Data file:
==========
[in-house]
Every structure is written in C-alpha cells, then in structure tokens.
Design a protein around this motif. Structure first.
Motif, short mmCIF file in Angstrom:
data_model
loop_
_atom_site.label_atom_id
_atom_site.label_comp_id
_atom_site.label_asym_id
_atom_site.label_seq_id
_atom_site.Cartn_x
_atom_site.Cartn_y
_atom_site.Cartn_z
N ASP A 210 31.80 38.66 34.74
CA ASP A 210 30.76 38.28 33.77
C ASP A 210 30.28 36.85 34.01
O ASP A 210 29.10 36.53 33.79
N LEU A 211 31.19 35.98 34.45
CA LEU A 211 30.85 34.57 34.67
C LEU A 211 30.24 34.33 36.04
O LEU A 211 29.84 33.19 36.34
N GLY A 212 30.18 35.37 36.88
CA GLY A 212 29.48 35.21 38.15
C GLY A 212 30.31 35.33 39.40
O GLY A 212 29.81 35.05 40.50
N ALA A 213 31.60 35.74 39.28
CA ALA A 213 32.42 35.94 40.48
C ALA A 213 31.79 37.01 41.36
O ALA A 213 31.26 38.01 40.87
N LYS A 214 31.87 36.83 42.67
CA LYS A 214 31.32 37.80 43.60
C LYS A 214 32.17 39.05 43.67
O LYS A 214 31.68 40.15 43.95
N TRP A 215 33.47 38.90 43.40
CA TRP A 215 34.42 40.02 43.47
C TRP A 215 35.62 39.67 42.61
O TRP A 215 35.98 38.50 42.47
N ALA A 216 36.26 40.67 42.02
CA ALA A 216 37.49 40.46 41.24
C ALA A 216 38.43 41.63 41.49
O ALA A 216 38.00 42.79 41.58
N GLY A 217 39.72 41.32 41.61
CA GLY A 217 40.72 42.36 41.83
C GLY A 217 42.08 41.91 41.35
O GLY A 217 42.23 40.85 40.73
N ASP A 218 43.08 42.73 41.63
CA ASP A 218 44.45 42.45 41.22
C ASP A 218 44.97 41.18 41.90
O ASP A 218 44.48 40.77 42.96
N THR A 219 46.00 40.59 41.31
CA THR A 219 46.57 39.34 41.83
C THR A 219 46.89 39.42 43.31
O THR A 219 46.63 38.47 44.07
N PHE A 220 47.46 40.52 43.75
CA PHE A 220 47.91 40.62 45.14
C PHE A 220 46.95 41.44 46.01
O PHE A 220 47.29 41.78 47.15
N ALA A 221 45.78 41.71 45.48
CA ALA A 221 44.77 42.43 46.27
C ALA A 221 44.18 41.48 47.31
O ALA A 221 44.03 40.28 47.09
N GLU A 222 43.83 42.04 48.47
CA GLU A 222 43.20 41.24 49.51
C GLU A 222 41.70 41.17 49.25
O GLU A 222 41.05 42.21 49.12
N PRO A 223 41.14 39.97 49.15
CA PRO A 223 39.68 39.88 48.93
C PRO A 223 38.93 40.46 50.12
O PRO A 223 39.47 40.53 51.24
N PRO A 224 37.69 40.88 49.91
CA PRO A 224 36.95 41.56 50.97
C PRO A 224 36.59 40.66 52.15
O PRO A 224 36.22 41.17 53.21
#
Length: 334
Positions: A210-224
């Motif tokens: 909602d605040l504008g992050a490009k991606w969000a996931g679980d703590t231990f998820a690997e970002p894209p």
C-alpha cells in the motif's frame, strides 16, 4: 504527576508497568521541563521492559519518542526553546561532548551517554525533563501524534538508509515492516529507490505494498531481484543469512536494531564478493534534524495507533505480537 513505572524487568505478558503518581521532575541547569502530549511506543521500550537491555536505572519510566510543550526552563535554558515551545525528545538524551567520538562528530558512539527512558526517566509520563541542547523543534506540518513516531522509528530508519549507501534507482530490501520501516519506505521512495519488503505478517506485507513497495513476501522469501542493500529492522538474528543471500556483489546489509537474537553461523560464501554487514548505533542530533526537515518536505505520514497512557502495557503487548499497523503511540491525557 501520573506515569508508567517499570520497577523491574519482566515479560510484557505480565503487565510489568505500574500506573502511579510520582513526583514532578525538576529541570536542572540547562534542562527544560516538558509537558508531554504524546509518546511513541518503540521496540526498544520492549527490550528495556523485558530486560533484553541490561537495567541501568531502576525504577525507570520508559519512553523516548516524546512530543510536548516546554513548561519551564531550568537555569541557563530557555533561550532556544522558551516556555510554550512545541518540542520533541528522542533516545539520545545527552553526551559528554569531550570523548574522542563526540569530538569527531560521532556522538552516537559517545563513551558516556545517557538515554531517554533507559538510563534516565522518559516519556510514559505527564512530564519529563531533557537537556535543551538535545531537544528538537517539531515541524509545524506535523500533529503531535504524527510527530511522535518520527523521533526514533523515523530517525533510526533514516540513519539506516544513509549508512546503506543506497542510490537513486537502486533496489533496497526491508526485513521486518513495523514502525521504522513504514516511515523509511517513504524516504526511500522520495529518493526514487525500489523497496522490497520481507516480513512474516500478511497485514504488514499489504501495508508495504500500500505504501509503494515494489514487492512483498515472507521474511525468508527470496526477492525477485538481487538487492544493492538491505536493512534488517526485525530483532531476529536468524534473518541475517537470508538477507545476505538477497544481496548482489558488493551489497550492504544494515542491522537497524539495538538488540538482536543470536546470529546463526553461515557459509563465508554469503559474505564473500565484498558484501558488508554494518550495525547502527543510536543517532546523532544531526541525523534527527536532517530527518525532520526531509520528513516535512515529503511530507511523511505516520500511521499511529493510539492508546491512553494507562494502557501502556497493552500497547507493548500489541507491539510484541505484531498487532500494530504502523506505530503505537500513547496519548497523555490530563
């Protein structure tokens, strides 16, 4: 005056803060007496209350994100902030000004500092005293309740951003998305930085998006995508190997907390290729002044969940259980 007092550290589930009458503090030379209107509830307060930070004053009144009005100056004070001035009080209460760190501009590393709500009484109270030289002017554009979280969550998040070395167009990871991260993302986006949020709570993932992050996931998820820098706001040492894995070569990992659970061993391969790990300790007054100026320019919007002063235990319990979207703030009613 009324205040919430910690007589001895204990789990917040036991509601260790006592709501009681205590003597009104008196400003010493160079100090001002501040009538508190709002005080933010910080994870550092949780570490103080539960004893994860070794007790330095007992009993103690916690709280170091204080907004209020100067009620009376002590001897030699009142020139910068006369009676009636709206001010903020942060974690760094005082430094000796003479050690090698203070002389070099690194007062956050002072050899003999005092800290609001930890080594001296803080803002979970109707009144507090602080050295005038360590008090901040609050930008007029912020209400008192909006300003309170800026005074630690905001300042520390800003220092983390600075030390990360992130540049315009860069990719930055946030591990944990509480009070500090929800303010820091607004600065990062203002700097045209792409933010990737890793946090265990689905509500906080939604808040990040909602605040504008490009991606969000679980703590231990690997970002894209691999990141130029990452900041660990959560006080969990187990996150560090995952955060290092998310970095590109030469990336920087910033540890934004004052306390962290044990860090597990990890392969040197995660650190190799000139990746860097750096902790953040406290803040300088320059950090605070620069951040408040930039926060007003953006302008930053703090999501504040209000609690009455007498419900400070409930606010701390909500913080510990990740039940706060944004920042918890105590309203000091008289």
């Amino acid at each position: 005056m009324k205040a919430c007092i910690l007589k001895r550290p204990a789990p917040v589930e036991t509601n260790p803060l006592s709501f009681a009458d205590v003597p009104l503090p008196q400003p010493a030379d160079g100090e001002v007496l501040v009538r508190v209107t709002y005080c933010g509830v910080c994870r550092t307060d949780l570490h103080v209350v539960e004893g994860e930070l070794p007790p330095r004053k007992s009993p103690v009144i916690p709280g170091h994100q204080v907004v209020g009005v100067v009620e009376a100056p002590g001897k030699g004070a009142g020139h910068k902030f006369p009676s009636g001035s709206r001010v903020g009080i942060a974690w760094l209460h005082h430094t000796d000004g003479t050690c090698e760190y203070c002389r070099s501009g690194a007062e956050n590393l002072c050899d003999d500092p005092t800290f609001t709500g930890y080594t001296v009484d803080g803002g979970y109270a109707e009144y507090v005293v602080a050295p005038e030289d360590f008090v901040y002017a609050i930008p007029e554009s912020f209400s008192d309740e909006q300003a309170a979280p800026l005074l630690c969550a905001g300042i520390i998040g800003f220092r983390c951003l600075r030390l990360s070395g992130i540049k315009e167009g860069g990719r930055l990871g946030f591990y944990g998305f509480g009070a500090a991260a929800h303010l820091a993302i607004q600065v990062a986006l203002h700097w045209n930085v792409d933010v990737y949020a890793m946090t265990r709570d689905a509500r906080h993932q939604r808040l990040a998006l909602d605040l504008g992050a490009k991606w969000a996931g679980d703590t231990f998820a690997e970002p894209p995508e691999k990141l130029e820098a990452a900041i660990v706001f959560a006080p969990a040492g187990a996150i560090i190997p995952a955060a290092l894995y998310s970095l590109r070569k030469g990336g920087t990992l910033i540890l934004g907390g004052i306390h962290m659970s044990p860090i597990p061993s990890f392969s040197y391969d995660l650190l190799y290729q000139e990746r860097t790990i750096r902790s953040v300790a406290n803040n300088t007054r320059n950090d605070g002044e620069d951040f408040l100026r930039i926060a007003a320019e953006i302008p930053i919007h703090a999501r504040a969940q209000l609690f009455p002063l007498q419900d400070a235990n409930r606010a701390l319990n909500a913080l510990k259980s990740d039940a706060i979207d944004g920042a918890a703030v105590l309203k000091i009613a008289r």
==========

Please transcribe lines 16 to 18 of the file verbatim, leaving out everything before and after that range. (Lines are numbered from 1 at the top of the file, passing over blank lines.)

C ASP A 210 30.28 36.85 34.01
O ASP A 210 29.10 36.53 33.79
N LEU A 211 31.19 35.98 34.45